It is not an unreasonable thing to do. So, we did that.”
Back then in May, Swiber was working to raise equity capital and needed a bridge loan. Gupta felt that it was not unreasonable to extend a loan to Swiber so that it would be able to bridge the financing gap and continue with its project.
But, the real dilemma came with the July loan. Gupta explains:
“The circumstances of the second loan we did was different. By then, it was two weeks later, this equity was quite uncertain. At this stage, there was a different choice.”
In short, for the July loan, DBS Group faced a different problem. It was becoming clear that Swiber might not be successful in raising equity capital. DBS Group now faced a different question. Gupta gave his thoughts:
“You go back to the nature of exposure.
My exposure is linked to two projects. If this projects get completed, I can recover my entire 400 million bucks. If the project don’t get completed and the company folds under, I am out S$400 million bucks.”
The S$400 million Gupta was referring to was the initial loan extended to its long term client, Swiber, for the two projects that it undertook for one customer. On one hand, the projects were making good progress. Gupta said:
“So, the choice you have to make, at this stage, is do you want to get this projects completed or not. One project is 80% done. One project is 50% done. The customer says that these guys are doing a good job, we’ll get the project done.”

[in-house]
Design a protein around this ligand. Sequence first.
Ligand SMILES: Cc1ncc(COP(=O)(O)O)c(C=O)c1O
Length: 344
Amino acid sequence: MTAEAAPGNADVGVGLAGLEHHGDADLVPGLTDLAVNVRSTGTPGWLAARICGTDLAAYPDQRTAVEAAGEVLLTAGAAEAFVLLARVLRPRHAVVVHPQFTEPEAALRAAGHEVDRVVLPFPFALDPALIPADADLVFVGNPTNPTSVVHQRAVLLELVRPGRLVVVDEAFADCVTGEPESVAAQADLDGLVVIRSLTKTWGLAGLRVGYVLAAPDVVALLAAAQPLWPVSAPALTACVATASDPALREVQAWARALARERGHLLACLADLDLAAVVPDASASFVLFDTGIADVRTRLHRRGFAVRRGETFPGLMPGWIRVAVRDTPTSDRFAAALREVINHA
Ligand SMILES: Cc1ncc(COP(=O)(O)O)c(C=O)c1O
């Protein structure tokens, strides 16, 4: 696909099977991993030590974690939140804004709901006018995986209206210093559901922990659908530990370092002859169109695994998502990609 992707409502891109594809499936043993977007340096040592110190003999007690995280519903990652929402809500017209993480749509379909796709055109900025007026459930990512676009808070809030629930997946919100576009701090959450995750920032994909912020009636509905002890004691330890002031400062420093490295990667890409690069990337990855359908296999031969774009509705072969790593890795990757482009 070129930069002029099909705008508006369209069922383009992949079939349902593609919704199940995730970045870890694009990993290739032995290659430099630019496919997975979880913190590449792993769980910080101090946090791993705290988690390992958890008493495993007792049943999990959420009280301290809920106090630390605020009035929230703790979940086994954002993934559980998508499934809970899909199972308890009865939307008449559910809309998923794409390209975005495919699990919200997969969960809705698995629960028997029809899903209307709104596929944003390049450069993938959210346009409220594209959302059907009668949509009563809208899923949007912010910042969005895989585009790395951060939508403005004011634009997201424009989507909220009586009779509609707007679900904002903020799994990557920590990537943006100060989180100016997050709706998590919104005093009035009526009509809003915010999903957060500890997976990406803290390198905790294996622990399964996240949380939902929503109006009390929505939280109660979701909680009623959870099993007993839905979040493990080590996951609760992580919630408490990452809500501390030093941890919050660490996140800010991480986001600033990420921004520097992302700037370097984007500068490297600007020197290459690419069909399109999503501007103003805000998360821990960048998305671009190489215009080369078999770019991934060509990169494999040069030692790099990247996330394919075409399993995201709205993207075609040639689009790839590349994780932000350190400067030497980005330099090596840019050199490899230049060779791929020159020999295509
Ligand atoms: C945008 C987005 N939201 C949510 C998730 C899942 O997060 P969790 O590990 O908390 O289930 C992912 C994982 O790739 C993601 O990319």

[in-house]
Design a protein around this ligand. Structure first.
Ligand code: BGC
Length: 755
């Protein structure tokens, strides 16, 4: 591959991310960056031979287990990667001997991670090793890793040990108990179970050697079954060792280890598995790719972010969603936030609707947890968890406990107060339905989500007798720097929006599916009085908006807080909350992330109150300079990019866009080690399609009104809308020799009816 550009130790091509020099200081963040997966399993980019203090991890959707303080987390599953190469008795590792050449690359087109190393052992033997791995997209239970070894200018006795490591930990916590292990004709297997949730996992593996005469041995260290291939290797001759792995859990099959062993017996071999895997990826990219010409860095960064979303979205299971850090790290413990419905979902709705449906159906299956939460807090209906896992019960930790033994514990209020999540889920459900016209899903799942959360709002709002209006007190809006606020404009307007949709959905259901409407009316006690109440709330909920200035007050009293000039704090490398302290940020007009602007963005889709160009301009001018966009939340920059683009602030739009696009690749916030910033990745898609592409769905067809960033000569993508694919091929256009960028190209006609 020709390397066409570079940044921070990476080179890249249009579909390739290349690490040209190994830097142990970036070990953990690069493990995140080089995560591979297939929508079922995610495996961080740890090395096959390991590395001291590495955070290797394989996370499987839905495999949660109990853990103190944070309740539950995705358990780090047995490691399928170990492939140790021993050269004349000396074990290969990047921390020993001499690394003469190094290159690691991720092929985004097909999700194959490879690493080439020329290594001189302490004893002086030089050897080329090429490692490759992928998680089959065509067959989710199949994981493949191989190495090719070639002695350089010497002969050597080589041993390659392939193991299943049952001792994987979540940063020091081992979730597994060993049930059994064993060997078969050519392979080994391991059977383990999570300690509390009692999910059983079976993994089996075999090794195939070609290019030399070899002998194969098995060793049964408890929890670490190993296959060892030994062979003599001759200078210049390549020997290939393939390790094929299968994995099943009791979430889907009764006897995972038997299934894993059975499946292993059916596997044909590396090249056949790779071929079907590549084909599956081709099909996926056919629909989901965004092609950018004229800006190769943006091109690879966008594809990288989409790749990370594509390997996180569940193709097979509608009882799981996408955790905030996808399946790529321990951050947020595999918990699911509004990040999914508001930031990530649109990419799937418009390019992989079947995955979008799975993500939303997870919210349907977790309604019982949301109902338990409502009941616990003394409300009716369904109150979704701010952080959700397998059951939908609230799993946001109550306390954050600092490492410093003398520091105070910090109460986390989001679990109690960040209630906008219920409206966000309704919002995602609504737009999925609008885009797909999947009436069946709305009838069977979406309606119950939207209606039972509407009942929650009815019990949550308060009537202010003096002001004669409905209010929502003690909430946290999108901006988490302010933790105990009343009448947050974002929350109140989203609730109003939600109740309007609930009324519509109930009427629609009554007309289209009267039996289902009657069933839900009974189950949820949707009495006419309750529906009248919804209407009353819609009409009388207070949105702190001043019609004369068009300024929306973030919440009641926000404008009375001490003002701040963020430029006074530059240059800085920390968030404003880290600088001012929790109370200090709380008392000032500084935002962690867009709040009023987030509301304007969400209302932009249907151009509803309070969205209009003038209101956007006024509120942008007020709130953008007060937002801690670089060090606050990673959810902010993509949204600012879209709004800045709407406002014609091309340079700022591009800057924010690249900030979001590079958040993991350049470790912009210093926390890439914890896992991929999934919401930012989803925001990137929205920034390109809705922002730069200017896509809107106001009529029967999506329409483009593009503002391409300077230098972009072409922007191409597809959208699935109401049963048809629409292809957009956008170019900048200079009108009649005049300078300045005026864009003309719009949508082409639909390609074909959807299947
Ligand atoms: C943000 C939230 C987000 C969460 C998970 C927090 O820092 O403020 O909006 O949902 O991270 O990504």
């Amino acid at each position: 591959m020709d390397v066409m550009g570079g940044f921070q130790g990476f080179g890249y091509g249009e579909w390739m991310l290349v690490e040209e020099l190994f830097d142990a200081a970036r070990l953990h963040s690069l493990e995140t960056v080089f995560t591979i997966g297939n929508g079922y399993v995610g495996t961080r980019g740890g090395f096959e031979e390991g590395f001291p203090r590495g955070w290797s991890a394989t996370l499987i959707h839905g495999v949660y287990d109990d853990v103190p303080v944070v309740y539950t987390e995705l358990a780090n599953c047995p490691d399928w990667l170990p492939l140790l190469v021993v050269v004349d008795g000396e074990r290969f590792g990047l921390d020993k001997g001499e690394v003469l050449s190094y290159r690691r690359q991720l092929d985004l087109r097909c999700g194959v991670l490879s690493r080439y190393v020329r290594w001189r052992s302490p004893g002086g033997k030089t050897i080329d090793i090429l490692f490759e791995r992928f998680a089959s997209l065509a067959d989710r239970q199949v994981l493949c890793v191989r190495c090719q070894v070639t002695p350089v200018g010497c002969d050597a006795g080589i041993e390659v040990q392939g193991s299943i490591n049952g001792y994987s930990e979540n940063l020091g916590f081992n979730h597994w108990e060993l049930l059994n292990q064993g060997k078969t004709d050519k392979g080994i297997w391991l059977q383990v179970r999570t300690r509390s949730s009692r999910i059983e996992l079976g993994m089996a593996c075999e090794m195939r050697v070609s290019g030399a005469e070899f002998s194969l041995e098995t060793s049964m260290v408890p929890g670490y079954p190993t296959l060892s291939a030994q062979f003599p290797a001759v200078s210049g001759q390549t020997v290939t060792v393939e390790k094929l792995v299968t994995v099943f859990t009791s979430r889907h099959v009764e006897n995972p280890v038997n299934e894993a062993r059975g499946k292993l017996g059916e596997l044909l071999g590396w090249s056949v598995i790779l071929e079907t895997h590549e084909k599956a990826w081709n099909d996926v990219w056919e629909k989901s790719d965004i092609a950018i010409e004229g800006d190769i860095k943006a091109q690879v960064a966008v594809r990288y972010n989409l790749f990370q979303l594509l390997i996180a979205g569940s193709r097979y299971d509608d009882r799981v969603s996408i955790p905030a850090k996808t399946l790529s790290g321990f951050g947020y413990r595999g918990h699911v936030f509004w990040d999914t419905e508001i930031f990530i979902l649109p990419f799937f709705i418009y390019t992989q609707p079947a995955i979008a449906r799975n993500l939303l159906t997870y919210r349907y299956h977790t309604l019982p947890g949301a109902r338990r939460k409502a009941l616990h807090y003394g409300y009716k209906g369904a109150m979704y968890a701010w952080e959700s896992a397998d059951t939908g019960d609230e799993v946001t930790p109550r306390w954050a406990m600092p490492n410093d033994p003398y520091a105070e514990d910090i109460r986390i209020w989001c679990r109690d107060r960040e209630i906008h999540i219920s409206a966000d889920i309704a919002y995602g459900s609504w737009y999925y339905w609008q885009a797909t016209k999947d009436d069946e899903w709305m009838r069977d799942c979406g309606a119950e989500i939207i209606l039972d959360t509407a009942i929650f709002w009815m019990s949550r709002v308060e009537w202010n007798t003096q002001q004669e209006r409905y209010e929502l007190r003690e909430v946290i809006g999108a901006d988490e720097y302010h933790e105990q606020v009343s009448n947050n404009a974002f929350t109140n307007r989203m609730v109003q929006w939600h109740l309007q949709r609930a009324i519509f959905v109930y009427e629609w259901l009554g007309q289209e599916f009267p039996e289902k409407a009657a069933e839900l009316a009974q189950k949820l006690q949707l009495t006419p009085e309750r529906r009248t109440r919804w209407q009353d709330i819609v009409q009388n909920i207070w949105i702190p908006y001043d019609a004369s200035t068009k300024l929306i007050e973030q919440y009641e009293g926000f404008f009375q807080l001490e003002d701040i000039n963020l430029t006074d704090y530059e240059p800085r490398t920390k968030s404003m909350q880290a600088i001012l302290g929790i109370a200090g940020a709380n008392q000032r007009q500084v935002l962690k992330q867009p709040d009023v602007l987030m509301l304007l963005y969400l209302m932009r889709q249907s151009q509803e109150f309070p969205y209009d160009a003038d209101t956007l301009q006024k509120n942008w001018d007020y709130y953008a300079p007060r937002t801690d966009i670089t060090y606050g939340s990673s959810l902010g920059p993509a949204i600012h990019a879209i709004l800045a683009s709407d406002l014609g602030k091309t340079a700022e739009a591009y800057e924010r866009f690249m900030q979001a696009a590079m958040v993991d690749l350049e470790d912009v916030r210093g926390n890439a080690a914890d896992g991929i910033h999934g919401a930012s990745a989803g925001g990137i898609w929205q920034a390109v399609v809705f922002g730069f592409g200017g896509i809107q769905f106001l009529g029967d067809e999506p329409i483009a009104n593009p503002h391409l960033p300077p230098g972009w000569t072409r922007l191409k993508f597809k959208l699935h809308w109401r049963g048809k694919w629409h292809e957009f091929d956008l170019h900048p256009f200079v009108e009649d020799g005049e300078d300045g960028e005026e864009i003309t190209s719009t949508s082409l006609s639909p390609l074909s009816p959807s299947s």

On the other hand, there was signs that Swiber was struggling to raise new capital. Therein lies the classic banker’s dilemma, according to Gupta. He summed up the situation in a few words:
“The classic banker’s dilemma. Do you put in some more money to recover more, or do you don’t put in the extra money to recover more?”
Let’s pause for a moment to reflect on the number of judgements a bank has to make.
It’s important for DBS Group investors to know that investing in a bank also means trusting the bank’s judgements. As Gupta frames it, not all decisions will be cut and dry. Dilemmas like the above could occur.
In this case, DBS Group decided to put in more money with the expectation that the projects will be ring fenced and completed. DBS Group felt it was the right way forward.
As an overarching statement, Gupta added:
“I am not ashamed of saying – this is the kind of bank we are, we don’t pull the plug on customers. If we think there is a reasonable basis for the customers to try and do the business, then we will try and help the customers do that business.”
Gupta has given his take on the situation. He also shared DBS Group’s philosophy. From there, investors will have to decide whether reasonable judgements were made by DBS Group in this case – and whether they are on board with the bank’s overarching view.
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The information provided is for general information purposes only and is not intended to be personalised investment or financial advice. Motley Fool Singapore contributor Chin Hui Leong doesn’t own shares in any companies mentioned.